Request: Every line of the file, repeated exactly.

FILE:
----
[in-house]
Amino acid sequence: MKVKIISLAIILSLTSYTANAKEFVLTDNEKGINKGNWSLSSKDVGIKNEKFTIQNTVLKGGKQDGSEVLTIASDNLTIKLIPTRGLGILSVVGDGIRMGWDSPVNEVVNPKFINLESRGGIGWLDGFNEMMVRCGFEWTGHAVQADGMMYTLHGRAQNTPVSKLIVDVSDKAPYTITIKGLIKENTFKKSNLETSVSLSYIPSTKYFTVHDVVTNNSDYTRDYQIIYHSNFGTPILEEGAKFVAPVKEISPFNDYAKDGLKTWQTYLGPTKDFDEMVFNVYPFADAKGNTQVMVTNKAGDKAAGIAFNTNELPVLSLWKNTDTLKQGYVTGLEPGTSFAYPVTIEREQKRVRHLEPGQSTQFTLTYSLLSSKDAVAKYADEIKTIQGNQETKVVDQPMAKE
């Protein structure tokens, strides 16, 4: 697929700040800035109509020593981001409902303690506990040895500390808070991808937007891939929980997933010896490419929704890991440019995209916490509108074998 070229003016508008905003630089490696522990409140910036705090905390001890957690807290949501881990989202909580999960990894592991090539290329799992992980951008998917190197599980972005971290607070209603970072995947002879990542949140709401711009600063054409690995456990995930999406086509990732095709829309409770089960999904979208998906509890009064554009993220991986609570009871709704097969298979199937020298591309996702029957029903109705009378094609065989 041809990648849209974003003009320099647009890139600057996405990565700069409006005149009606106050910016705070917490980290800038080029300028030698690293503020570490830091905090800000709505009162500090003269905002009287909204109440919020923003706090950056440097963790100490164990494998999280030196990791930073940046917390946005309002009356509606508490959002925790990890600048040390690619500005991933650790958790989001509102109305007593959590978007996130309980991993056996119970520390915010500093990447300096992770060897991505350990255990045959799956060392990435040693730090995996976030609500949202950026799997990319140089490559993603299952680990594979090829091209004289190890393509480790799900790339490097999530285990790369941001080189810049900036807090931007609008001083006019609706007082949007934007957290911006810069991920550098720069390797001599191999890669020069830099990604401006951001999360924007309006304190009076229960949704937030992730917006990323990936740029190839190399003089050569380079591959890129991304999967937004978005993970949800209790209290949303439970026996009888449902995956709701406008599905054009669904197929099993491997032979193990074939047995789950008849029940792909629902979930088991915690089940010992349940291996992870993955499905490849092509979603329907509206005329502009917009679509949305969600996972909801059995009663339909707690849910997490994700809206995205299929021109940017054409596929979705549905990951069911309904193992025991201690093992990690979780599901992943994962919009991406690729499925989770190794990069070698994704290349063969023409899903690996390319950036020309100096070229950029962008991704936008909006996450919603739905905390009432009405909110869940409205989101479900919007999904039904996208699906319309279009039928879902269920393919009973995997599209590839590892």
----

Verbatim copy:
[in-house]
Amino acid sequence: MKVKIISLAIILSLTSYTANAKEFVLTDNEKGINKGNWSLSSKDVGIKNEKFTIQNTVLKGGKQDGSEVLTIASDNLTIKLIPTRGLGILSVVGDGIRMGWDSPVNEVVNPKFINLESRGGIGWLDGFNEMMVRCGFEWTGHAVQADGMMYTLHGRAQNTPVSKLIVDVSDKAPYTITIKGLIKENTFKKSNLETSVSLSYIPSTKYFTVHDVVTNNSDYTRDYQIIYHSNFGTPILEEGAKFVAPVKEISPFNDYAKDGLKTWQTYLGPTKDFDEMVFNVYPFADAKGNTQVMVTNKAGDKAAGIAFNTNELPVLSLWKNTDTLKQGYVTGLEPGTSFAYPVTIEREQKRVRHLEPGQSTQFTLTYSLLSSKDAVAKYADEIKTIQGNQETKVVDQPMAKE
């Protein structure tokens, strides 16, 4: 697929700040800035109509020593981001409902303690506990040895500390808070991808937007891939929980997933010896490419929704890991440019995209916490509108074998 070229003016508008905003630089490696522990409140910036705090905390001890957690807290949501881990989202909580999960990894592991090539290329799992992980951008998917190197599980972005971290607070209603970072995947002879990542949140709401711009600063054409690995456990995930999406086509990732095709829309409770089960999904979208998906509890009064554009993220991986609570009871709704097969298979199937020298591309996702029957029903109705009378094609065989 041809990648849209974003003009320099647009890139600057996405990565700069409006005149009606106050910016705070917490980290800038080029300028030698690293503020570490830091905090800000709505009162500090003269905002009287909204109440919020923003706090950056440097963790100490164990494998999280030196990791930073940046917390946005309002009356509606508490959002925790990890600048040390690619500005991933650790958790989001509102109305007593959590978007996130309980991993056996119970520390915010500093990447300096992770060897991505350990255990045959799956060392990435040693730090995996976030609500949202950026799997990319140089490559993603299952680990594979090829091209004289190890393509480790799900790339490097999530285990790369941001080189810049900036807090931007609008001083006019609706007082949007934007957290911006810069991920550098720069390797001599191999890669020069830099990604401006951001999360924007309006304190009076229960949704937030992730917006990323990936740029190839190399003089050569380079591959890129991304999967937004978005993970949800209790209290949303439970026996009888449902995956709701406008599905054009669904197929099993491997032979193990074939047995789950008849029940792909629902979930088991915690089940010992349940291996992870993955499905490849092509979603329907509206005329502009917009679509949305969600996972909801059995009663339909707690849910997490994700809206995205299929021109940017054409596929979705549905990951069911309904193992025991201690093992990690979780599901992943994962919009991406690729499925989770190794990069070698994704290349063969023409899903690996390319950036020309100096070229950029962008991704936008909006996450919603739905905390009432009405909110869940409205989101479900919007999904039904996208699906319309279009039928879902269920393919009973995997599209590839590892």